In one of his final moves as acting secretary Monday, Wolf announced that the U.S. Secret Service would take over security preparations for the inauguration on Wednesday, six days ahead of schedule.

The Secret Service, a DHS entity, typically plays the lead security role at presidential inaugurations. This year, as many as 15,000 National Guard troops will be mobilized to support the effort and protect the event. Busloads of uniformed soldiers arrived at the Capitol on Monday in an extraordinary show of force.

Though the Secret Service has primary authority to coordinate security planning during an inauguration and the events surrounding it, the homeland security chief plays an important role, especially in emergencies.

The secretary has the authority to demand resources in an emergency, and in past inaugurations and major-security events has intervened to keep the many federal agencies working together if disputes or other problems arise.

An inauguration is already an all-hands-on-deck affair in Washington, with officers surveilling train stations, canine teams inspecting the inauguration route for explosives, counter-snipers manning rooftops and police officers checking and securing manhole covers to prevent people from sneaking closer to the inaugural activities.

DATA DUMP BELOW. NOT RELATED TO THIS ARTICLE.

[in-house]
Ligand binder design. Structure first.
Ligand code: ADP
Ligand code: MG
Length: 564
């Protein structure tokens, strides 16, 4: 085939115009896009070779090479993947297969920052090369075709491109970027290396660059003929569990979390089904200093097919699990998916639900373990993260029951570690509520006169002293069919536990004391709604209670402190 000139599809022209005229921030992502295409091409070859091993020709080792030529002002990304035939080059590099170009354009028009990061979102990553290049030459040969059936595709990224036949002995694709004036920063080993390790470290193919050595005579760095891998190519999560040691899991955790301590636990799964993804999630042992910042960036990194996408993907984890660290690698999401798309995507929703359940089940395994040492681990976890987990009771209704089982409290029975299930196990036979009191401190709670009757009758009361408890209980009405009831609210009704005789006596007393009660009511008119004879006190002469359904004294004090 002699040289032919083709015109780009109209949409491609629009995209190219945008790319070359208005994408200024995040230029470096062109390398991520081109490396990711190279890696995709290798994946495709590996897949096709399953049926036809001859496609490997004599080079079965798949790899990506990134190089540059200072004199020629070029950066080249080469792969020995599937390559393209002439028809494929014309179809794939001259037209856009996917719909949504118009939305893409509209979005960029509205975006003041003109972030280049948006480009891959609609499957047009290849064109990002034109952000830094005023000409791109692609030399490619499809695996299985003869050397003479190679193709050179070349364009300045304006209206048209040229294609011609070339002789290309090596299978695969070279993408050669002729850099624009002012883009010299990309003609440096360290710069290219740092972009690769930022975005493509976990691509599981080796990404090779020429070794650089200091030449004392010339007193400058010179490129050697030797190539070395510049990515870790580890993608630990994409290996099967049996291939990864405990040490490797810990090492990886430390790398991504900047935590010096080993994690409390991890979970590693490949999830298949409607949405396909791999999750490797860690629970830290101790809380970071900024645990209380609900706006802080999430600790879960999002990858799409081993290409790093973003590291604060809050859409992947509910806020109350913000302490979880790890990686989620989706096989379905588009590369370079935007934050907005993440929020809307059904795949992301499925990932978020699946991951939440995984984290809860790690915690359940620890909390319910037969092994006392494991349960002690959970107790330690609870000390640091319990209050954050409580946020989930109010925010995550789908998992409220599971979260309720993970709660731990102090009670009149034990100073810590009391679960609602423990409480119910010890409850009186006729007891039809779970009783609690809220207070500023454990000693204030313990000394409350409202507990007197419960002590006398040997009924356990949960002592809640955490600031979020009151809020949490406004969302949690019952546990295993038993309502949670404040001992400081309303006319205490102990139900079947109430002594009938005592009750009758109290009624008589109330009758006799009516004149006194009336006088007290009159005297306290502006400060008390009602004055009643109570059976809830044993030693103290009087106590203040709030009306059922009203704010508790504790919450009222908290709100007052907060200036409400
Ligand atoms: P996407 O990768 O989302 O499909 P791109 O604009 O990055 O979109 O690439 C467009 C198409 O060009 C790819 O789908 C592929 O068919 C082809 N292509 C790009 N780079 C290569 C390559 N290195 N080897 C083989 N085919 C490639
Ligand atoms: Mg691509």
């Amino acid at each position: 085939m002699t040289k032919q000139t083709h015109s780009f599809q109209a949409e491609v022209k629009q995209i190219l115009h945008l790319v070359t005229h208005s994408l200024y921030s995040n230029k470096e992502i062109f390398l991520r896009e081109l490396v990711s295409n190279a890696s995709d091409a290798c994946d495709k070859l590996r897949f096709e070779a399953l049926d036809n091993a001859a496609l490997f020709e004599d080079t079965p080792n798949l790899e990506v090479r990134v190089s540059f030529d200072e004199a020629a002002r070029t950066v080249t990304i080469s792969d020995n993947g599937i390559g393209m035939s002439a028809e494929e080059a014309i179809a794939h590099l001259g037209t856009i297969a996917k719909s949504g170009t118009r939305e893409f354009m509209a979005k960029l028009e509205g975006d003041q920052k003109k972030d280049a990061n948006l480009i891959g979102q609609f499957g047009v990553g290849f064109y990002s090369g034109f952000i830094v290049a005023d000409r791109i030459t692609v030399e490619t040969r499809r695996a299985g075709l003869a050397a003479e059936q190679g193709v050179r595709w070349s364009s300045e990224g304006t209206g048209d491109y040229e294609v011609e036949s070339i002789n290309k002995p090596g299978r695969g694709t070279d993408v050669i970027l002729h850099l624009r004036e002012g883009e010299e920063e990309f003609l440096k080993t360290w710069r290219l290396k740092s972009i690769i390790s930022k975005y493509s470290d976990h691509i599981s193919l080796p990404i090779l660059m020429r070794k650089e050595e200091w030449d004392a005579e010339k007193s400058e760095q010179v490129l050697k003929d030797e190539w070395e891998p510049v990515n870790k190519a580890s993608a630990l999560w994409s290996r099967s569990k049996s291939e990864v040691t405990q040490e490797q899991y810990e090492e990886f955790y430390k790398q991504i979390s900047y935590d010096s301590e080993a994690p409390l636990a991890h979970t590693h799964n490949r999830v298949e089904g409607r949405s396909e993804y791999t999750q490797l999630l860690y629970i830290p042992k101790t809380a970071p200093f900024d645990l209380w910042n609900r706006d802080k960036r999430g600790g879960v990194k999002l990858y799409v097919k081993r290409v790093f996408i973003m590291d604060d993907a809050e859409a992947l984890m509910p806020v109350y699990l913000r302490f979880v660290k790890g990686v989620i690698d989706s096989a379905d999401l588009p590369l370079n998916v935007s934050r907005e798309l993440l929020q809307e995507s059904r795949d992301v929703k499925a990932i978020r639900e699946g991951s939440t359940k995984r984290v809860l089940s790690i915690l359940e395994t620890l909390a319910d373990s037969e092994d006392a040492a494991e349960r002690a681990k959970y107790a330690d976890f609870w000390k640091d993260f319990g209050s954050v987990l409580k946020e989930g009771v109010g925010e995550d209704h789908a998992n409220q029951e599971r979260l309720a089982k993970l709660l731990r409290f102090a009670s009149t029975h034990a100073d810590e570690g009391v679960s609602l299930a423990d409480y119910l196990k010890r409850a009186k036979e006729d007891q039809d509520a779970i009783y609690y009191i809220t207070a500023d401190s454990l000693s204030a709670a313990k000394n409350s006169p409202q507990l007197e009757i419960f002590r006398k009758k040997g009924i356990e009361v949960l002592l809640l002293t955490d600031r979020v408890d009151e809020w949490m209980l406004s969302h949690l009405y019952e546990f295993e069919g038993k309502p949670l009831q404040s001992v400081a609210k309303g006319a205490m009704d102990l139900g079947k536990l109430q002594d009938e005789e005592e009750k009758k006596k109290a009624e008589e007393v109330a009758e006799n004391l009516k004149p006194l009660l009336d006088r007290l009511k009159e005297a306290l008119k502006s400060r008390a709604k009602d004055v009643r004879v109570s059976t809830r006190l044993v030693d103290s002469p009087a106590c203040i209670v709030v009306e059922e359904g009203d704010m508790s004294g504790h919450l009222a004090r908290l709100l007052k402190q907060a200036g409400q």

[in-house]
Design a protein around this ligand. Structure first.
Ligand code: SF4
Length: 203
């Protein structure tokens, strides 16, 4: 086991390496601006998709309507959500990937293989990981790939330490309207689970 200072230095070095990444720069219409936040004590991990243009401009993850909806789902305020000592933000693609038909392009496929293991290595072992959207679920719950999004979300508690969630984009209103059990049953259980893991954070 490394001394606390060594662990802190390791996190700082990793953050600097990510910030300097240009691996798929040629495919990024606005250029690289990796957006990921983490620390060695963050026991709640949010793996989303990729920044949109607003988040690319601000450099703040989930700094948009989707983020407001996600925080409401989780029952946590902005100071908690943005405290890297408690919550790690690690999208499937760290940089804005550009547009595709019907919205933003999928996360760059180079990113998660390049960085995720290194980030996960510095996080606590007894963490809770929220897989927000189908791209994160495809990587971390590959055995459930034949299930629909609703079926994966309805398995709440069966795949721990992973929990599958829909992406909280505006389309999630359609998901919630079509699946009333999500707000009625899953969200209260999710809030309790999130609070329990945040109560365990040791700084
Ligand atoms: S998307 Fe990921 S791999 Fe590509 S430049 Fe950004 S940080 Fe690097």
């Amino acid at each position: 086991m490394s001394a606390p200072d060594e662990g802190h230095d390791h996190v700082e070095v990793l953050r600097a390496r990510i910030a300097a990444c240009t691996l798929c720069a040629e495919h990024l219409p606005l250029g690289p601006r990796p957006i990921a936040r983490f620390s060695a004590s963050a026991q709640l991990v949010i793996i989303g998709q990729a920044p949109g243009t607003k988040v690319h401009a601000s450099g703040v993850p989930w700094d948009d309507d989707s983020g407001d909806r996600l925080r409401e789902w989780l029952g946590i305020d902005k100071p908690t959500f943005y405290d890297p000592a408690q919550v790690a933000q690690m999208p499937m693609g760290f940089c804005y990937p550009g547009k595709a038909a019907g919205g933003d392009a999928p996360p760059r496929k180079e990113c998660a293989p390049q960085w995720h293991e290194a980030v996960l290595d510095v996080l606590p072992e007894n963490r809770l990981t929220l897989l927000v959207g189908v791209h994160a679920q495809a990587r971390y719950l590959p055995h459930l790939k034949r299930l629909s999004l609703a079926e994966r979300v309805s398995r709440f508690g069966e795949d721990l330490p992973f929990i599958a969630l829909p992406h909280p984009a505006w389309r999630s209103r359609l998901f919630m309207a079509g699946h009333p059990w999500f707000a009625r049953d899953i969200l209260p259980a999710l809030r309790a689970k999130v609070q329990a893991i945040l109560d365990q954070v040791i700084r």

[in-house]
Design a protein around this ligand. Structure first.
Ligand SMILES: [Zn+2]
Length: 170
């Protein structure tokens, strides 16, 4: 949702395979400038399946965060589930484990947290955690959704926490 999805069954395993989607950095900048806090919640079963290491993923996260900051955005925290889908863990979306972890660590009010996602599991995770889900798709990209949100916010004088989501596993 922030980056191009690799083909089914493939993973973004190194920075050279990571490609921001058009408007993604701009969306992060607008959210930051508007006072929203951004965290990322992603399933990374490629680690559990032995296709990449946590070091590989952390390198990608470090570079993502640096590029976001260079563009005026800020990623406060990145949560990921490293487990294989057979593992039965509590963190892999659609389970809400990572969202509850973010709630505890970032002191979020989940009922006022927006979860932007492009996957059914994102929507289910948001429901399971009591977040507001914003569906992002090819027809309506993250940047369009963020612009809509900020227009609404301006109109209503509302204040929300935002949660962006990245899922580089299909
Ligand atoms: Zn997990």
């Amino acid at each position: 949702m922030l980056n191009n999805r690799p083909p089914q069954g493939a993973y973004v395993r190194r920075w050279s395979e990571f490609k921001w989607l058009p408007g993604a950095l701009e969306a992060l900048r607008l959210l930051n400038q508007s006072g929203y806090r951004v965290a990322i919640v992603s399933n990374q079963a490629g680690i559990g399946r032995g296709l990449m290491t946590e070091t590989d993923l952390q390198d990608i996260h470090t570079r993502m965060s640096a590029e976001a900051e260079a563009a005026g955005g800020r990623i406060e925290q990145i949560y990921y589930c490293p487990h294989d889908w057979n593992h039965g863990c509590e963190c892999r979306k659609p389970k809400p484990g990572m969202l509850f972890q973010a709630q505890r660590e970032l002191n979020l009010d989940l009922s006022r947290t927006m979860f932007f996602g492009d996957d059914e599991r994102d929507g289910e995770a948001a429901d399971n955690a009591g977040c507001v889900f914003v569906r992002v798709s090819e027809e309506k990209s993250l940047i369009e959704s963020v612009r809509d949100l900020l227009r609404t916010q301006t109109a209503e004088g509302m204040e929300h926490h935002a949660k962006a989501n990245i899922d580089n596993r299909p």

But the siege at the Capitol has put Secret Service planners and their federal partners in feverish reassessment mode to consider all of the ways they can mitigate anything like a repeat.

Rep. Bennie Thompson (D-Miss.), chairman of the House Homeland Security Committee, called Wolf’s decision to step down Monday “questionable.”

“He has chosen to resign during a time of national crisis and when domestic terrorists may be planning additional attacks on our government,” Thompson said in a statement. “Unlike others, he is apparently not leaving the Trump Administration on principle.”

“The Trump Administration too often used the Department as a political weapon, left countless senior leadership positions vacant, and let morale suffer,” Thompson added. “Our homeland security has diminished as a result.”

Trump installed Wolf as acting secretary more than a year ago, after the resignation of Kevin McAleenan, who also served in an acting role. Trump, who repeatedly said he prefers leaving Cabinet members in “acting” roles because it makes it easier for him to remove them, finally nominated Wolf in August, but his confirmation went nowhere, despite Republicans’ control of the Senate.